The judge’s wife brought the stock in 2019 on the advice of her stockbroker, according to court documents. Morgan, who had “no independent recollection of approving the transaction,” said he had already reached his conclusion on the case when he learned of the ownership, although he hadn’t finished writing the opinion.
Morgan said during a 2020 hearing the “simpliest thing” would be to sell the stock, but suggested that could raise the appearance of insider trading. Instead, the judge said he had placed Cisco’s stock in a blind trust.
Federal law requires a judge to disqualify themselves if they, a spouse, or a minor child has a “financial interest in a party to the proceeding.”
The law, however, provides that if “substantial judicial time” has been devoted to the case, disqualification isn’t required if the judge, or their spouse, “divests himself or herself of the interest that provides the grounds for the disqualification.”
The Federal Circuit held that placing stock in a blind trust isn’t a divestment under the statute. To find otherwise, the court said, would allow a judge to continue to sit on a case, knowing they, or their spouse, has a “beneficial interest” in the outcome.
At “the time of Judge Morgan’s actions, his wife still ‘ha[d] a financial interest’ in Cisco,” the Federal Circuit wrote. “While placing the stock in a blind trust removed her control over the stock, it did not eliminate her beneficial interest in Cisco.”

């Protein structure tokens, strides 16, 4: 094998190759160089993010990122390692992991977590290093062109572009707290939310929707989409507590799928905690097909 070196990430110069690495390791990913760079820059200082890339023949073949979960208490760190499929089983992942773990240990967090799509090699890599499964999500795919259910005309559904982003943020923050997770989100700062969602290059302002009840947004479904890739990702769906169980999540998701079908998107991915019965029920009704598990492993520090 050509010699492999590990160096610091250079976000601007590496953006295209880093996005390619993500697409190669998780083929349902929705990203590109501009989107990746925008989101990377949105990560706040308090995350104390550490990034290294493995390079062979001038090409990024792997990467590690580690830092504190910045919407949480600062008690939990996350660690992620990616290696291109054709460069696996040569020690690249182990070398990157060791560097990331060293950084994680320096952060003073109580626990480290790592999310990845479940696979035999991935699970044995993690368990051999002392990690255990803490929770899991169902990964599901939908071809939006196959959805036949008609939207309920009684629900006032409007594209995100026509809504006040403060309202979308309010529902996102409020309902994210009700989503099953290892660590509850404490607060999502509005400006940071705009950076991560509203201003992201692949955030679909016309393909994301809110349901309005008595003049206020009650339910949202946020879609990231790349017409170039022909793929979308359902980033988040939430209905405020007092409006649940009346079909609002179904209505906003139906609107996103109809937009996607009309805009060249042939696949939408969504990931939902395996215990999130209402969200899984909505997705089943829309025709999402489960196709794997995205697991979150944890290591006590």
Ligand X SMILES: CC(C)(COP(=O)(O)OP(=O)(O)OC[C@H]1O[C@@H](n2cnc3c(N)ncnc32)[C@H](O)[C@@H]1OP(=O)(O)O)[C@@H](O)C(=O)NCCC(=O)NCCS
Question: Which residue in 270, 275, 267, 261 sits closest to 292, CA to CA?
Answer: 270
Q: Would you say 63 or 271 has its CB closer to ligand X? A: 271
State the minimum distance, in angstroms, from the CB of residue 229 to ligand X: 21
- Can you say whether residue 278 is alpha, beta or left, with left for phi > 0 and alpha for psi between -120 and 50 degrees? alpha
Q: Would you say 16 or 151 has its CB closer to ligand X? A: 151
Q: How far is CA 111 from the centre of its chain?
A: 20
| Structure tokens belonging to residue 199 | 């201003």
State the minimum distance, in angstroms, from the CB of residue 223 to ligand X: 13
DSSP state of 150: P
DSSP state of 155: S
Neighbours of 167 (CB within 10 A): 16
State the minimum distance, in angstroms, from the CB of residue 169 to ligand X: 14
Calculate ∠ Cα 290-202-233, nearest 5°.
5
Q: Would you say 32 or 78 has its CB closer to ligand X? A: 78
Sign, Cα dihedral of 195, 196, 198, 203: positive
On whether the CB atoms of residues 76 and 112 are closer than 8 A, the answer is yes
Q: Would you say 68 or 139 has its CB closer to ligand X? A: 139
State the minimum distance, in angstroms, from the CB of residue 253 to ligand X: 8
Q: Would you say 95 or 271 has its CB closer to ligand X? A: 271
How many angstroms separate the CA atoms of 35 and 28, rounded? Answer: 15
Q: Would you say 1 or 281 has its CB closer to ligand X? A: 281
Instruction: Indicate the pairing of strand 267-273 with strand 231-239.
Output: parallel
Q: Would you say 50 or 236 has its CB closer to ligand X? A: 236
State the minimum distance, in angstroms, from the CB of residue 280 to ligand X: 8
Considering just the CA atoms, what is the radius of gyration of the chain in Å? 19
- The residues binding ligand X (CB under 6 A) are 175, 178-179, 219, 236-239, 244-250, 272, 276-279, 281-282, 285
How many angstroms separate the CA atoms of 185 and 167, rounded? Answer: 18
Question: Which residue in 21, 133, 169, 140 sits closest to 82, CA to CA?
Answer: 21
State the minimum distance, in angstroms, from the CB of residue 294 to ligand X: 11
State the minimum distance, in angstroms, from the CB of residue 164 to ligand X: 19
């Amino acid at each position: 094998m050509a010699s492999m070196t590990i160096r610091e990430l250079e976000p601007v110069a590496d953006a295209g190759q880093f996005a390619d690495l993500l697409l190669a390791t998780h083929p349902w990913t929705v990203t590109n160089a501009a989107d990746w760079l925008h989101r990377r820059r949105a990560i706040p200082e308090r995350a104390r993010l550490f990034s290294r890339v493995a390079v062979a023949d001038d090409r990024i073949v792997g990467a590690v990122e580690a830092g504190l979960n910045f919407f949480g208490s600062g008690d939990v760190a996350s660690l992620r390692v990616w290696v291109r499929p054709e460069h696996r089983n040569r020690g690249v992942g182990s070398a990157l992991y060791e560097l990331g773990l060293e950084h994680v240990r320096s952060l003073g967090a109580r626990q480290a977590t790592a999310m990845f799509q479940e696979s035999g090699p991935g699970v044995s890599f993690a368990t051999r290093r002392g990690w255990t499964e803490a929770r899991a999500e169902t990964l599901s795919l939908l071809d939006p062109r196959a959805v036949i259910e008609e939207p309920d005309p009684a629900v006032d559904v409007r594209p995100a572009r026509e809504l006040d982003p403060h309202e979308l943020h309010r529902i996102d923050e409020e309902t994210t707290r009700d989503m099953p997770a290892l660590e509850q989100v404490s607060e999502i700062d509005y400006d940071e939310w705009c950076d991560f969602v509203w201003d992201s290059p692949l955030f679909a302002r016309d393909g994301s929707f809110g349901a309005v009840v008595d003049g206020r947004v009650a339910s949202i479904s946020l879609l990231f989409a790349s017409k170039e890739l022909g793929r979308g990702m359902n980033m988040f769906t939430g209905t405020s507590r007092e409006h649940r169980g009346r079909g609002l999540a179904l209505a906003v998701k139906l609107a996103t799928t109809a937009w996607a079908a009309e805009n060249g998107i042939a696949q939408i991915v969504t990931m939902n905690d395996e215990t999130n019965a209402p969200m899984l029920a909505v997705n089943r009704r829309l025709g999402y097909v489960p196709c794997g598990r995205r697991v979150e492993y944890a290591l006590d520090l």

Centripetal argued Morgan’s rulings shouldn’t be vacated, noting the time and money invested in the case. The Federal Circuit said those factors didn’t “significantly weigh against vacatur.” The court also brushed aside a suggestion that the rulings didn’t need to be vacated because Morgan’s wife owned stock in the losing side.
“Where a judge becomes aware of a possible appearance of impropriety, there is a substantial risk that he or she might bend over backwards to rule against that party to try to prove that there is no bias,” the Federal Circuit wrote.
Addressing Morgan’s concerns related to insider trading if the stock were sold, the Federal Circuit in a footnote said “no such possibility exists.” The sale of stock “to comply with ethical obligations is not insider trading,” the court said.